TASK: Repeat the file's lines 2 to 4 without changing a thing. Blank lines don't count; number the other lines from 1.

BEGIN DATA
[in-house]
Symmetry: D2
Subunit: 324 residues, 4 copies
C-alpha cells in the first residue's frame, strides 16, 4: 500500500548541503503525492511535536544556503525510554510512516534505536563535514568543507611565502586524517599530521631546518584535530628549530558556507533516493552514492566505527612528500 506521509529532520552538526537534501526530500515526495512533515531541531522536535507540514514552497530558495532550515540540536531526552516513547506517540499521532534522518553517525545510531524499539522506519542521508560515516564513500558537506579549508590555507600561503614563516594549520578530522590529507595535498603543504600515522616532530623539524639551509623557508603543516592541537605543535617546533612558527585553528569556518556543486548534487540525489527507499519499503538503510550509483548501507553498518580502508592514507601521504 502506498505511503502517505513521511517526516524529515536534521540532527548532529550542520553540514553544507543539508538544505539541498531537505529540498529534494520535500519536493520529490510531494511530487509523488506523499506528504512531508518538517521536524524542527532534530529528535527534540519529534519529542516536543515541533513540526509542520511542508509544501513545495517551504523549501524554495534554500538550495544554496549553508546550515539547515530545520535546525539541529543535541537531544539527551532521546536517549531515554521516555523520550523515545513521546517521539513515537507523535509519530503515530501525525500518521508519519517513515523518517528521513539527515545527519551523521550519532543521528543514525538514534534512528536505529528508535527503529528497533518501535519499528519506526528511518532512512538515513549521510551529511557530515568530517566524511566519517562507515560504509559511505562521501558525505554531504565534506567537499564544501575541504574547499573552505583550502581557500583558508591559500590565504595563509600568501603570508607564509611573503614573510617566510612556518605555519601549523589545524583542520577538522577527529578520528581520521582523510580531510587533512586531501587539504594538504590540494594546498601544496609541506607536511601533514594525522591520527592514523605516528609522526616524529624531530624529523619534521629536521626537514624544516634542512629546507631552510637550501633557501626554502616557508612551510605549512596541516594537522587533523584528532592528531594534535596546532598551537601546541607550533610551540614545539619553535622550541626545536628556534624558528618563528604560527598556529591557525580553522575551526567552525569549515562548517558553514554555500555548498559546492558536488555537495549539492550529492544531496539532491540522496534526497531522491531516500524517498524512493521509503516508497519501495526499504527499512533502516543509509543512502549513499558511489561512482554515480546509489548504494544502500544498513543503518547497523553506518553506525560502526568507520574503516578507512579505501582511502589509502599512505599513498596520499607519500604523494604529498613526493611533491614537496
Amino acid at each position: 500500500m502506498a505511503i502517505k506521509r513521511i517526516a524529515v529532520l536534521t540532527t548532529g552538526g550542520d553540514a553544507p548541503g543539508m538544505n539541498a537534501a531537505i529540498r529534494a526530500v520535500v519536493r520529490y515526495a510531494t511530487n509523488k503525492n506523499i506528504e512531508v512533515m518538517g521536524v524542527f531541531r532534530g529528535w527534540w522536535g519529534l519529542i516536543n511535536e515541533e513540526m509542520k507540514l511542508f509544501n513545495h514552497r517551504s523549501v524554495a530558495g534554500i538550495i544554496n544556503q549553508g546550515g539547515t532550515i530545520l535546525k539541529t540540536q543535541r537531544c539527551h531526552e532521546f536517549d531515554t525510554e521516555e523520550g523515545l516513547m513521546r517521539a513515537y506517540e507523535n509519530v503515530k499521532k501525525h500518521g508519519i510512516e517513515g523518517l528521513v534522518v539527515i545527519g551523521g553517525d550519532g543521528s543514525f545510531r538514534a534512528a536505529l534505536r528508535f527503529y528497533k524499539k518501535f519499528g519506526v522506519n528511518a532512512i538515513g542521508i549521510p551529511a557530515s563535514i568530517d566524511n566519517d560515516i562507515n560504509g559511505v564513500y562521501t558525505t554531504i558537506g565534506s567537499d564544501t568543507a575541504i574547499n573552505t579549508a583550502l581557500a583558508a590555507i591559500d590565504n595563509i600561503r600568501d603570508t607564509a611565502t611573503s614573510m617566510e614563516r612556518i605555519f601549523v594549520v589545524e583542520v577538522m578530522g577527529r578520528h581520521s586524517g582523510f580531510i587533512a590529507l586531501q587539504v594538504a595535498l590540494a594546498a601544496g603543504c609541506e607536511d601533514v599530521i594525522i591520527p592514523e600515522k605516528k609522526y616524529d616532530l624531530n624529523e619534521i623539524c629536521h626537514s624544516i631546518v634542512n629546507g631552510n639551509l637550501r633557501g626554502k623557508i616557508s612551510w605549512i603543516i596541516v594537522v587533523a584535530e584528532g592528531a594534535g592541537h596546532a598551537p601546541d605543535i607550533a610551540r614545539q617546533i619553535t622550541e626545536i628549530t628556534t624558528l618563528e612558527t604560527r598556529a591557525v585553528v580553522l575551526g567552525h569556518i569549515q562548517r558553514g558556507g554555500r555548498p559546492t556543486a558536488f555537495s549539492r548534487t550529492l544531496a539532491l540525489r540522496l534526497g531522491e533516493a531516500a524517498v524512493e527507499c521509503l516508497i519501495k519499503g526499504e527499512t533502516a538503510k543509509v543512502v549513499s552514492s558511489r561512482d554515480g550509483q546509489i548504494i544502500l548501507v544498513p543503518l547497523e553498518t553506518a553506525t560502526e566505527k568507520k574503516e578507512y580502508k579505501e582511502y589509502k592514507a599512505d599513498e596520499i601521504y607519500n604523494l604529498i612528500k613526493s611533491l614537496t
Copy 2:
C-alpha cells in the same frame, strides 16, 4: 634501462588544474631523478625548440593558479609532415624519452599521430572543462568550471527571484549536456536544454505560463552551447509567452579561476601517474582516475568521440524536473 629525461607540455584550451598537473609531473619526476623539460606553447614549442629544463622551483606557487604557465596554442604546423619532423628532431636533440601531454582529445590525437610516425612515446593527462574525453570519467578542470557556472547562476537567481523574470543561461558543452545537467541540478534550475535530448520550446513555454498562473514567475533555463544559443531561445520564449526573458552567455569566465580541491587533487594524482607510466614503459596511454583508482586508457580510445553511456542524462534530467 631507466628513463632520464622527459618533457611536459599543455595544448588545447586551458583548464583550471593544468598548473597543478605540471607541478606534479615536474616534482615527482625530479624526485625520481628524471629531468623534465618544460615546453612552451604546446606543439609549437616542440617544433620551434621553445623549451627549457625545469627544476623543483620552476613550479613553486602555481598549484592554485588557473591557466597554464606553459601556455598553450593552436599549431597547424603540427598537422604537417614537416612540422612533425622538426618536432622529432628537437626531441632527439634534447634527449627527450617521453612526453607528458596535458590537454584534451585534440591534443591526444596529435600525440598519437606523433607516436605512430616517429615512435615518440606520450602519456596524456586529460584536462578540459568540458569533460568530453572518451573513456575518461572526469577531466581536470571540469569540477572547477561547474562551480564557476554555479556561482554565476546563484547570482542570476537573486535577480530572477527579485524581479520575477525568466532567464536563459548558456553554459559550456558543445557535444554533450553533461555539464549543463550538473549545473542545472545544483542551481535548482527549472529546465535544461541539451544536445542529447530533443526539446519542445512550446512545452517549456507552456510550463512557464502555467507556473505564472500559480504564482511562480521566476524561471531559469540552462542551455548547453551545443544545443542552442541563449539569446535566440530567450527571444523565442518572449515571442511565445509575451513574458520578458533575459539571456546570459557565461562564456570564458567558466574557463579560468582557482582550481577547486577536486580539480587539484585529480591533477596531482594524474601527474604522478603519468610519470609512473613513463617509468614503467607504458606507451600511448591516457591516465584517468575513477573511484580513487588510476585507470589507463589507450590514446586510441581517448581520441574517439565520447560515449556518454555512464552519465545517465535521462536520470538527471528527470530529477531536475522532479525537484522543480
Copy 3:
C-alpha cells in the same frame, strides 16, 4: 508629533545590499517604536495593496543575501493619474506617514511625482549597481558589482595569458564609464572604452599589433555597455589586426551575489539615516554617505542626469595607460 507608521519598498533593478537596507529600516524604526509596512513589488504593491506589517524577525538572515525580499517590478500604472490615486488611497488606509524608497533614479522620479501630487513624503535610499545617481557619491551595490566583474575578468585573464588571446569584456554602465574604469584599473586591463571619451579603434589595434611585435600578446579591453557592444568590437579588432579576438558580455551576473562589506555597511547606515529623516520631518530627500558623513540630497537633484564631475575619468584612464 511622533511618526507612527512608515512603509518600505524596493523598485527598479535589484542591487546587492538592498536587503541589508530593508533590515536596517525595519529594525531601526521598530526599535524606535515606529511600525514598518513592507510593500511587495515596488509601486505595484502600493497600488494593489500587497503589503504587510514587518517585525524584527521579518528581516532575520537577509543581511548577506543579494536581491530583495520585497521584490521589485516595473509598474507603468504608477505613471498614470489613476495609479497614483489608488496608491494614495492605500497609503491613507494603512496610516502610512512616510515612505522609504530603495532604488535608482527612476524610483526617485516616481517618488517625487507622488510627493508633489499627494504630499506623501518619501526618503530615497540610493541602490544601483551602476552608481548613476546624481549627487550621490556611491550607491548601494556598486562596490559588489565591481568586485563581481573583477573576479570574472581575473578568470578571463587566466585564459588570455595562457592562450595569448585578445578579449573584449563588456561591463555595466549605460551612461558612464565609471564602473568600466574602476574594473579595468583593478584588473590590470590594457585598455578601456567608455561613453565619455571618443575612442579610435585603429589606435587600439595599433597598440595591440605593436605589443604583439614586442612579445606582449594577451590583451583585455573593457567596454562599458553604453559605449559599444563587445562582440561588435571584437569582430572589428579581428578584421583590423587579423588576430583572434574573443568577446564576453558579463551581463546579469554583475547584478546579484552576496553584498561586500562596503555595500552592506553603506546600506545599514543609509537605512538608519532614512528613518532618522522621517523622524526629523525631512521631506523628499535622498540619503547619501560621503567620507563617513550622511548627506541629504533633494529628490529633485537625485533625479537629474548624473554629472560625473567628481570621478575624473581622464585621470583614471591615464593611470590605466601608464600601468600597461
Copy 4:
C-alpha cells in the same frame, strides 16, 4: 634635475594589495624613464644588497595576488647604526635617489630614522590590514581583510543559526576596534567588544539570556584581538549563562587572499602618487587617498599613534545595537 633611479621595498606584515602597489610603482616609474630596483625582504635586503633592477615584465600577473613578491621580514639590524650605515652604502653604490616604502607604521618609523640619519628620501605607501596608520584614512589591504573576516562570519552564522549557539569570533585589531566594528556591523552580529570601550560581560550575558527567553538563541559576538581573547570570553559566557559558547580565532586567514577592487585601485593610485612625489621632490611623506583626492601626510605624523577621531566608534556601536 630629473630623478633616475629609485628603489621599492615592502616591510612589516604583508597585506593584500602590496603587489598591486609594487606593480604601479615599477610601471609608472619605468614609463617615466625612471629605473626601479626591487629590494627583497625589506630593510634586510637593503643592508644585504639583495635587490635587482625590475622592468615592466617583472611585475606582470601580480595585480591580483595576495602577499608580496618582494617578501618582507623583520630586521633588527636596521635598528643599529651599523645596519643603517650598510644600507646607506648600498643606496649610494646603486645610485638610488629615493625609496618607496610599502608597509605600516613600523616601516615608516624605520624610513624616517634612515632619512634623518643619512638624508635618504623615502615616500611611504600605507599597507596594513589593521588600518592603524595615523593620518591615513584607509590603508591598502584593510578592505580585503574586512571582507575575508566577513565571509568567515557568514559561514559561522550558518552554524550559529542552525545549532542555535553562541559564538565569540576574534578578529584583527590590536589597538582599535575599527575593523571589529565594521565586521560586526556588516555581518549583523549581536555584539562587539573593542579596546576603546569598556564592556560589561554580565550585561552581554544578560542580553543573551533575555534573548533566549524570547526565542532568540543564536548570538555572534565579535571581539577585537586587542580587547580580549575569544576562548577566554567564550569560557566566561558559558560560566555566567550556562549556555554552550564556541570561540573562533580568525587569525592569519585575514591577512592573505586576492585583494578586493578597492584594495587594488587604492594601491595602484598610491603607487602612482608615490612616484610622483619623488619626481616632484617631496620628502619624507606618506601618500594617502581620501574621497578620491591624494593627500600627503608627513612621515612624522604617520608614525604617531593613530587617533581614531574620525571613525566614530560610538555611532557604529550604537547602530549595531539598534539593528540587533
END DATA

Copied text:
Symmetry: D2
Subunit: 324 residues, 4 copies
C-alpha cells in the first residue's frame, strides 16, 4: 500500500548541503503525492511535536544556503525510554510512516534505536563535514568543507611565502586524517599530521631546518584535530628549530558556507533516493552514492566505527612528500 506521509529532520552538526537534501526530500515526495512533515531541531522536535507540514514552497530558495532550515540540536531526552516513547506517540499521532534522518553517525545510531524499539522506519542521508560515516564513500558537506579549508590555507600561503614563516594549520578530522590529507595535498603543504600515522616532530623539524639551509623557508603543516592541537605543535617546533612558527585553528569556518556543486548534487540525489527507499519499503538503510550509483548501507553498518580502508592514507601521504 502506498505511503502517505513521511517526516524529515536534521540532527548532529550542520553540514553544507543539508538544505539541498531537505529540498529534494520535500519536493520529490510531494511530487509523488506523499506528504512531508518538517521536524524542527532534530529528535527534540519529534519529542516536543515541533513540526509542520511542508509544501513545495517551504523549501524554495534554500538550495544554496549553508546550515539547515530545520535546525539541529543535541537531544539527551532521546536517549531515554521516555523520550523515545513521546517521539513515537507523535509519530503515530501525525500518521508519519517513515523518517528521513539527515545527519551523521550519532543521528543514525538514534534512528536505529528508535527503529528497533518501535519499528519506526528511518532512512538515513549521510551529511557530515568530517566524511566519517562507515560504509559511505562521501558525505554531504565534506567537499564544501575541504574547499573552505583550502581557500583558508591559500590565504595563509600568501603570508607564509611573503614573510617566510612556518605555519601549523589545524583542520577538522577527529578520528581520521582523510580531510587533512586531501587539504594538504590540494594546498601544496609541506607536511601533514594525522591520527592514523605516528609522526616524529624531530624529523619534521629536521626537514624544516634542512629546507631552510637550501633557501626554502616557508612551510605549512596541516594537522587533523584528532592528531594534535596546532598551537601546541607550533610551540614545539619553535622550541626545536628556534624558528618563528604560527598556529591557525580553522575551526567552525569549515562548517558553514554555500555548498559546492558536488555537495549539492550529492544531496539532491540522496534526497531522491531516500524517498524512493521509503516508497519501495526499504527499512533502516543509509543512502549513499558511489561512482554515480546509489548504494544502500544498513543503518547497523553506518553506525560502526568507520574503516578507512579505501582511502589509502599512505599513498596520499607519500604523494604529498613526493611533491614537496